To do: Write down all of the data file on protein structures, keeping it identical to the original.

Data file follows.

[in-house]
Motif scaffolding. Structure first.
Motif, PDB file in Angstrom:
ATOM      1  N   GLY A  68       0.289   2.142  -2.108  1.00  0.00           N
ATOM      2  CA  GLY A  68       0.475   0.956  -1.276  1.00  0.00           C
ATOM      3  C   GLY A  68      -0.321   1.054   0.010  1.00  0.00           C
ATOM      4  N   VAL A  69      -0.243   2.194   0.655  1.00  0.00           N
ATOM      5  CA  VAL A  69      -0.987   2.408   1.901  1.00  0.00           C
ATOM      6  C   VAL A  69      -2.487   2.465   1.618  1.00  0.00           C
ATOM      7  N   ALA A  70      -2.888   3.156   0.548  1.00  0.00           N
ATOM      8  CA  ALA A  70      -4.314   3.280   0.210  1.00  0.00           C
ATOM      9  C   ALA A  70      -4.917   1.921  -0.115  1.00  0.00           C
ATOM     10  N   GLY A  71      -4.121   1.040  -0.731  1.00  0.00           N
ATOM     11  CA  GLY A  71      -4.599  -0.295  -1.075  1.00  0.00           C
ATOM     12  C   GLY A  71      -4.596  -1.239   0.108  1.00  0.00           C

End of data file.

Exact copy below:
[in-house]
Motif scaffolding. Structure first.
Motif, PDB file in Angstrom:
ATOM      1  N   GLY A  68       0.289   2.142  -2.108  1.00  0.00           N
ATOM      2  CA  GLY A  68       0.475   0.956  -1.276  1.00  0.00           C
ATOM      3  C   GLY A  68      -0.321   1.054   0.010  1.00  0.00           C
ATOM      4  N   VAL A  69      -0.243   2.194   0.655  1.00  0.00           N
ATOM      5  CA  VAL A  69      -0.987   2.408   1.901  1.00  0.00           C
ATOM      6  C   VAL A  69      -2.487   2.465   1.618  1.00  0.00           C
ATOM      7  N   ALA A  70      -2.888   3.156   0.548  1.00  0.00           N
ATOM      8  CA  ALA A  70      -4.314   3.280   0.210  1.00  0.00           C
ATOM      9  C   ALA A  70      -4.917   1.921  -0.115  1.00  0.00           C
ATOM     10  N   GLY A  71      -4.121   1.040  -0.731  1.00  0.00           N
ATOM     11  CA  GLY A  71      -4.599  -0.295  -1.075  1.00  0.00           C
ATOM     12  C   GLY A  71      -4.596  -1.239   0.108  1.00  0.00           C